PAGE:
Bitcoin is the hottest investing trend since the Internet, according to venture capitalists who have sung its praises.
Venture capitalists invested $74.1 million in bitcoin startups across 39 deals in 2013, according to data provided by CB Insights. However, that’s less than a third of what Internet companies raised in first-round funding in 1995, when Internet leaders like Yahoo and eBay were just getting off the ground.
“From an aggregate standpoint, a hundred million bucks in venture is a pittance. It’s a rounding error,” said Matthew Roszak, co-founder of the venture-capital firm SilkRoad Equity. He has a portfolio of 10 bitcoin investments.In fact, for all the predictions that Bitcoin is on the cusp of blowing up the traditional financial system, investors have largely kept to the sidelines. The last round of funding raised by Oculus VR — the maker of virtual-reality goggles Facebook Inc. agreed to acquire last month — was more than all of Bitcoin’s VC haul in 2013.
Some industries are likely attracting more funding because they are bigger. Software companies, for instance, attracted $11 billion in VC funding last year, according data from Thomson Reuters and CB Insights.
And interest has started to pick up this year. VC investments in Bitcoin-related firms rose to $64.9 million across 14 deals in the first quarter, nearly 90% of the money raised last year, according to CB Insights. If funding kept up that pace, it would top $200 million this year.
But it’s coming from the far back of the pack. The average Bitcoin investment was $1.9 million last year. The average investment in biotech, on the other hand, was $9.6 million.
These small-potatoes investments have flown in the face of expectations that the digital currency will bulldoze the way the world uses money, leaving old intermediaries like banks and credit card companies in their wake.
“We’re still in the very early innings of the bitcoin industry as a whole. If you compare it to the Internet industry, we’re probably back in 1995 or 1996 and right now it’s all about infrastructure,” said Pamir Gelenbe, a venture partner at Hummingbird Ventures. His firm in late March led a $5 million funding round for the virtual-currency exchange Kraken.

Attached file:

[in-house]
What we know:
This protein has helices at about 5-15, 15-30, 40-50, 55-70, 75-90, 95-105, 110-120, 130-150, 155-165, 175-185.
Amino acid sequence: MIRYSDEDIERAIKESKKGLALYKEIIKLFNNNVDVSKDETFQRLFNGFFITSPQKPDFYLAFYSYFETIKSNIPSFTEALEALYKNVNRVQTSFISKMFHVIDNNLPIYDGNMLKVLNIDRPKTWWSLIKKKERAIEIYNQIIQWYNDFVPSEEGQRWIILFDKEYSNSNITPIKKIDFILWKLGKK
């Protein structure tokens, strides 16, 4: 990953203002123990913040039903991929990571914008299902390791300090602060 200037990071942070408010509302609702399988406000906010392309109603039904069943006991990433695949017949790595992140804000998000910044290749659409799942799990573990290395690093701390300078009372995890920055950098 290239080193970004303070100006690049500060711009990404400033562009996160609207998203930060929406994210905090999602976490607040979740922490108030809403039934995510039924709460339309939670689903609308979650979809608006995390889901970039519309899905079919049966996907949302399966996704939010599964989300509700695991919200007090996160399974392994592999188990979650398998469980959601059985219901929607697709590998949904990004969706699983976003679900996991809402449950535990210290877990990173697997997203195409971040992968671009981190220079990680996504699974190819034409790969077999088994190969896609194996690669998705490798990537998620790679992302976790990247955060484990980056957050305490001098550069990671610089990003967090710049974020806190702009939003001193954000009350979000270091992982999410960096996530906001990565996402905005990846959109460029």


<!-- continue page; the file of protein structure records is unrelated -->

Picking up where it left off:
Bitcoin is a virtual currency that is created through cryptography rather than by a central bank. Transactions are verified by a network of computers crunching cryptographic problems, and those machines are rewarded by earning bitcoins. The decentralized network through which bitcoins are transmitted has been trumpeted as having the potential to allow for the quicker and cheaper transfer of money around the world.
Marc Andreessen has been one of the most vocal in touting bitcoin’s potential, drawing parallels between the early Internet days of the mid-1990s and bitcoin of today. By Silicon Valley standards, Andreessen can be seen as something of a wise elder: co-author of Web browser Mosaic, the first widely used Web browser; co-founder in 1994 of Netscape Communications Corp.; and co-founder of venture-capital firm Andreessen Horowitz.
“Bitcoin gives us, for the first time, a way for one Internet user to transfer a unique piece of digital property to another Internet user, such that the transfer is guaranteed to be safe and secure, everyone knows that the transfer has taken place, and nobody can challenge the legitimacy of the transfer,” Andreessen wrote in a January post in the New York Times.
Fred Wilson of Union Square Ventures, and Jim Breyer of Accel Partners have made similar statements about bitcoin’s game-changing potential“The consequences of this breakthrough are hard to overstate,” he added.